Since the definition of an embryo in the National Health Act is “a human offspring in the first eight weeks from conception”, embryonic stem cells produced by a process which does not require conception are not regulated.
Induced pluripotent stem cells
Current legislation does not cover induced pluripotent stem cells, which are derived using a groundbreaking technology in which adult stem cells are reprogrammed to an embryonic stem cell-like state.
To date, induced pluripotent stem cells have been created from a wide range of cell types and differentiated into an equally broad range of cell types. These stem cells are used to understand disease processes and for drug discovery. One clinical trial has been initiated in Japan for the treatment of blindness, but this has been temporarily suspended.
Among the cell types that can be derived from induced pluripotent stem cells are gametes (egg and sperm). How this will be regulated is not clear, although the legislation does cover some aspects of gametes per se.
In addition to the legislative challenges around stem cells, there is the phenomenon of gene editing. Gene editing, which began more than a decade ago, involves changing the DNA of a cell in a laboratory. The idea behind the modification is to be able to remove or repair a mutation in the cells of people with genetic and other diseases including HIV, cystic fibrosis and immunodeficiencies, among many.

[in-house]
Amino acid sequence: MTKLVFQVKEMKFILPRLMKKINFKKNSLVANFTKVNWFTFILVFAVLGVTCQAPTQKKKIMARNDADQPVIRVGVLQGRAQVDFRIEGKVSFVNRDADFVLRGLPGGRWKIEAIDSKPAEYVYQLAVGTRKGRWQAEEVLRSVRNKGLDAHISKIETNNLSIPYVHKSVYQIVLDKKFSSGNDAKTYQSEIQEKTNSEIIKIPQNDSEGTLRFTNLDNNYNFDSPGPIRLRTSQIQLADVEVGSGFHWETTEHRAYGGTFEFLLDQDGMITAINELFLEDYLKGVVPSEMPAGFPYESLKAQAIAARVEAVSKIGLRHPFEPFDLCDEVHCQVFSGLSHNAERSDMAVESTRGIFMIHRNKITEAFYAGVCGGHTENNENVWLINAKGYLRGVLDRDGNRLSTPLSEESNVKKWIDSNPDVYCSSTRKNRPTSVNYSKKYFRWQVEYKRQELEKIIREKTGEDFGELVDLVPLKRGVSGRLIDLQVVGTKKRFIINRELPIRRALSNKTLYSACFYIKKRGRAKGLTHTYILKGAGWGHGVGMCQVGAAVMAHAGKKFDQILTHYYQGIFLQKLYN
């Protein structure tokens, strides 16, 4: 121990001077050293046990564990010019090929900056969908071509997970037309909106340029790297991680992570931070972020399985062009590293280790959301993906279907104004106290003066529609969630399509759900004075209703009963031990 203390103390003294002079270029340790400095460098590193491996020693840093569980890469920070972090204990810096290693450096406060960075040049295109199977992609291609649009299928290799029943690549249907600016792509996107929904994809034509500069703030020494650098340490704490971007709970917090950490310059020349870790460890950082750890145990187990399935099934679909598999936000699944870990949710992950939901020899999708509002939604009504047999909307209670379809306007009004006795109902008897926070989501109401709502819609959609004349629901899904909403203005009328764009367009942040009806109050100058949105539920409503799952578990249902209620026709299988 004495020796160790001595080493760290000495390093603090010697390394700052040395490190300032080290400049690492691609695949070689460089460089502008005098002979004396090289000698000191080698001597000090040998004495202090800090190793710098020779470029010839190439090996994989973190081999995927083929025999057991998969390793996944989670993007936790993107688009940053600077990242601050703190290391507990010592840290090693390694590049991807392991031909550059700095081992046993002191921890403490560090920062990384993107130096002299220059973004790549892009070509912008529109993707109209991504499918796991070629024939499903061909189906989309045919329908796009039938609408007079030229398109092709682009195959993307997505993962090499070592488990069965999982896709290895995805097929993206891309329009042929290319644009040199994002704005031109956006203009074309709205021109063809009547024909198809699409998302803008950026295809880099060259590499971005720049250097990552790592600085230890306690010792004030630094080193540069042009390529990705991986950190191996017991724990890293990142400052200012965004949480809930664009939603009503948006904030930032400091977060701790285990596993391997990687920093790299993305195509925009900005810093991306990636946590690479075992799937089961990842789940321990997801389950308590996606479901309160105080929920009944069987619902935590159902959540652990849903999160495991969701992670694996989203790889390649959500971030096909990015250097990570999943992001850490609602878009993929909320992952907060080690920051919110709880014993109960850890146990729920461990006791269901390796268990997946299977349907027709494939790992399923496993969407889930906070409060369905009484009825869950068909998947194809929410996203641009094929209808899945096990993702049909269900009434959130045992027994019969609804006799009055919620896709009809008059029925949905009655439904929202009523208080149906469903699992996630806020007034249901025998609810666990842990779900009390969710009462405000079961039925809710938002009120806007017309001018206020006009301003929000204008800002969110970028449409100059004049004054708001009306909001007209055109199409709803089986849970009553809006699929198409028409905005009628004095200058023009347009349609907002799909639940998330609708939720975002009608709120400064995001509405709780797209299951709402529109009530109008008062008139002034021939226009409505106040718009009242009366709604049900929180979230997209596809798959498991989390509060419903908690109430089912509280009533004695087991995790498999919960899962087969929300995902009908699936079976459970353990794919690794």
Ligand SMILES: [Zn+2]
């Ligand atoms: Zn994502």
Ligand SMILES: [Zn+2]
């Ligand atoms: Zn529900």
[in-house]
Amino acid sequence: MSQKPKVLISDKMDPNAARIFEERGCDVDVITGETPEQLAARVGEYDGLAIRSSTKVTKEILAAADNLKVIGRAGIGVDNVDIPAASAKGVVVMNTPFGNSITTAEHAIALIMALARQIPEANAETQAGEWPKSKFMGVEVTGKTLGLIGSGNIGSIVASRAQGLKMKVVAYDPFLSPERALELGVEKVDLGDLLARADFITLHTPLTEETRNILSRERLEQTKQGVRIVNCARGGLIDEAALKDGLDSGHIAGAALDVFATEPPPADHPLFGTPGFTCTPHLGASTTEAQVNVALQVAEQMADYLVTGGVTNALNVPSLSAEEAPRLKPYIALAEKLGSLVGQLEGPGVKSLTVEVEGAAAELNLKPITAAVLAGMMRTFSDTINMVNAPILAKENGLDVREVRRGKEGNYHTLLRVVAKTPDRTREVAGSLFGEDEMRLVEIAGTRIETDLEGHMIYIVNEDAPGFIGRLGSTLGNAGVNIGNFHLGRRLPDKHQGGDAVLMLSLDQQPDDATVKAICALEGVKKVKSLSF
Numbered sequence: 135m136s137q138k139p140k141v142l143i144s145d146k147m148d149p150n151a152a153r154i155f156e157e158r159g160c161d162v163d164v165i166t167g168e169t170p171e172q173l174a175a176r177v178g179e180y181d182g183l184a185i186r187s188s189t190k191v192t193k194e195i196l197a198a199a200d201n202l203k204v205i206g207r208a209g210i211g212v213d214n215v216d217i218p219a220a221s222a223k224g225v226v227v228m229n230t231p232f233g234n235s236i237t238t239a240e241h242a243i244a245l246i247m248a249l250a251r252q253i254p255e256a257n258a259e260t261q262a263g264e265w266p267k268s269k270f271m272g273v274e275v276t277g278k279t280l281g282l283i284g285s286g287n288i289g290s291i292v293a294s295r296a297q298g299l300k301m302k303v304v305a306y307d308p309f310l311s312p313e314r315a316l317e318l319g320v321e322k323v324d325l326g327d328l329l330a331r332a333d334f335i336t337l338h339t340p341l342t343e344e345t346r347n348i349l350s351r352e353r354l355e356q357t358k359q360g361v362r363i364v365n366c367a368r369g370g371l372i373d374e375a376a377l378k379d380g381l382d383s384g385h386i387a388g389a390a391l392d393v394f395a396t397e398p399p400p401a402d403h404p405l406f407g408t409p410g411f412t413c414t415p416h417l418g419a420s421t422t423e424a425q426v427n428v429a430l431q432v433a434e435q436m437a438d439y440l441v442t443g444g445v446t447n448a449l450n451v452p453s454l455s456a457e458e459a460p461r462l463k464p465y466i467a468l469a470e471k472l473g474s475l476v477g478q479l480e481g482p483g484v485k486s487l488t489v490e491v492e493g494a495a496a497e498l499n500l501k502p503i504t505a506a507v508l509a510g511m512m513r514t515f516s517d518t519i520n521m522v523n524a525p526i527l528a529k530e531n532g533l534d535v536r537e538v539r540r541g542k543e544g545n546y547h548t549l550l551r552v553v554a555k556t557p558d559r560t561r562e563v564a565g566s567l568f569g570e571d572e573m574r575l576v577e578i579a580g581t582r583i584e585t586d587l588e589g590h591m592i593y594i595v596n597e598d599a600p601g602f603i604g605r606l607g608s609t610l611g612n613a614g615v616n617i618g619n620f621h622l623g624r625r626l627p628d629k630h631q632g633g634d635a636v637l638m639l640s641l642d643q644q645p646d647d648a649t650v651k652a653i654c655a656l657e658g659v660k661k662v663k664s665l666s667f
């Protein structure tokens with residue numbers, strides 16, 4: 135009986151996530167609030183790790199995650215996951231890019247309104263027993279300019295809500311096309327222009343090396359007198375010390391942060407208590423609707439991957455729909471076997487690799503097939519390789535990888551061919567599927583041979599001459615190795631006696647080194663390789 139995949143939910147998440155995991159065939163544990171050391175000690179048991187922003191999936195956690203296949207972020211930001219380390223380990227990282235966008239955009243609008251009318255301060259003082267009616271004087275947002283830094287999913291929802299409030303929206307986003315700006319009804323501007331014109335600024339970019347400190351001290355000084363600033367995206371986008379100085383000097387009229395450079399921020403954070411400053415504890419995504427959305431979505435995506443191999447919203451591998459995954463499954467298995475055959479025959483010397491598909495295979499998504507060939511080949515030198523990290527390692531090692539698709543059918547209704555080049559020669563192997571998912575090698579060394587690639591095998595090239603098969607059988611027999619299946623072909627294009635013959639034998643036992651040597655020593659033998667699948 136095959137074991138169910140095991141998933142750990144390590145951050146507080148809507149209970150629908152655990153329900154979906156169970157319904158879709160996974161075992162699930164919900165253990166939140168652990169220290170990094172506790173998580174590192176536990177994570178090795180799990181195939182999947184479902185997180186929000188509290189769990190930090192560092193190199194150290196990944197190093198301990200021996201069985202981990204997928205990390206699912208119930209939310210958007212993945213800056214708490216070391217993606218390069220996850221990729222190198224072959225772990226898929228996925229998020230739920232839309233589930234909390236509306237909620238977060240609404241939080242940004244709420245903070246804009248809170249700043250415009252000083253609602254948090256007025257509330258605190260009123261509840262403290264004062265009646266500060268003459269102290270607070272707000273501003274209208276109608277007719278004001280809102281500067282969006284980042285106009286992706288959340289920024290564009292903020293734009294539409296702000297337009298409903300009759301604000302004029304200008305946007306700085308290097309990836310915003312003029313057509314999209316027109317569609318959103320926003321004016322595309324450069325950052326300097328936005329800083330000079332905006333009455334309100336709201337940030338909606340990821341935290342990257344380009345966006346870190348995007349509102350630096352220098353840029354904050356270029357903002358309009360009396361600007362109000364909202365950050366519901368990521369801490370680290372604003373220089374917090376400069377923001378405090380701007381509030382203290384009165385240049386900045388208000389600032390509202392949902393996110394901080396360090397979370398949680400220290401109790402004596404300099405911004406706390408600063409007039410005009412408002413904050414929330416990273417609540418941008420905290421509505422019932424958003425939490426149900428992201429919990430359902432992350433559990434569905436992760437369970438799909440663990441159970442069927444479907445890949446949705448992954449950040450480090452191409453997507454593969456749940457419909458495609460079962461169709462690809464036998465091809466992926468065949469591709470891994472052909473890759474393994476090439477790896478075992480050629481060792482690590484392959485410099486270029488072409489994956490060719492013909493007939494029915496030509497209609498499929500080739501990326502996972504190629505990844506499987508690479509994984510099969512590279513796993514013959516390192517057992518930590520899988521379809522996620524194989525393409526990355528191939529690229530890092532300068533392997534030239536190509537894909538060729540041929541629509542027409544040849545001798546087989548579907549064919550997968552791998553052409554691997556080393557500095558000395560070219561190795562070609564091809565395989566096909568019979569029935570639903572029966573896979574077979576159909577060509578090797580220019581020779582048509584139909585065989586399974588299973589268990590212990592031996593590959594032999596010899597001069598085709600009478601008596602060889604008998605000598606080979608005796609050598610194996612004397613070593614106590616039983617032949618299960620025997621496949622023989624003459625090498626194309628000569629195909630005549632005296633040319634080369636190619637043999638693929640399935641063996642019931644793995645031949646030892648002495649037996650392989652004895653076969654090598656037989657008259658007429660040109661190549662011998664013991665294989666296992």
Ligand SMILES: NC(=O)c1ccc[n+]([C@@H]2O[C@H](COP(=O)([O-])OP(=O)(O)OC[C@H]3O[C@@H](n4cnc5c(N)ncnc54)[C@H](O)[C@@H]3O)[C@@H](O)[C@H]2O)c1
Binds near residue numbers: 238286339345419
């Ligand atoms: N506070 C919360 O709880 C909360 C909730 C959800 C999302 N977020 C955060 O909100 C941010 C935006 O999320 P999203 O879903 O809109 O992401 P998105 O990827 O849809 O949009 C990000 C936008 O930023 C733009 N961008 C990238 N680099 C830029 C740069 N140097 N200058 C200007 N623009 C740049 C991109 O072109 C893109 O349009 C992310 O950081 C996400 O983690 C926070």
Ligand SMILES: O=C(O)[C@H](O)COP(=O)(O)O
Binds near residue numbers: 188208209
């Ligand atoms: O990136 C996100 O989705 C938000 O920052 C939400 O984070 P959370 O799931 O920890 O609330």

One of the limitations in the process of gene editing is the unknown degree of “off-target” effects, where in addition to the modification of the gene interest, other unintended sites in the genome are also modified. This may have negative consequences.
Gene editing is the focus of great deal of debate globally particularly in the context of germline engineering. The debate has resulted in scientists across the globe proposing a moratorium on germline editing in humans until the implications of this type of research are better understood.
From a global perspective, there is virtually no legislation governing the application of this new technology in the clinical setting. It would however be good to initiate a debate on this topic in the country.
Improving stem cell regulation
In South Africa, patients are protected from possible harm from medical treatments including stem cell therapy through the rights enshrined in the Constitution. But detailed legislation defining the scope, limits and requirements for the everyday practice in the field of stem cell research and therapy is limited.
In addition, South African law in general does not address the problem of stem cell tourism, where bogus treatments are applied to vulnerable patients.
There is an urgent need to establish a national oversight and regulatory body to provide guidance on the legal regulation of stem cell research and cell-based therapy. This body would provide timely and effective input on matters that often require a prompt legislative response.
And although many of the country’s health practitioners engage in self-regulation, formal endorsement from the National Department of Health of the guidelines that have been established is needed.
This article based on a paper published in a special South African Medical Research Council Flagship edition of the South African Journal of Bioethics and Law.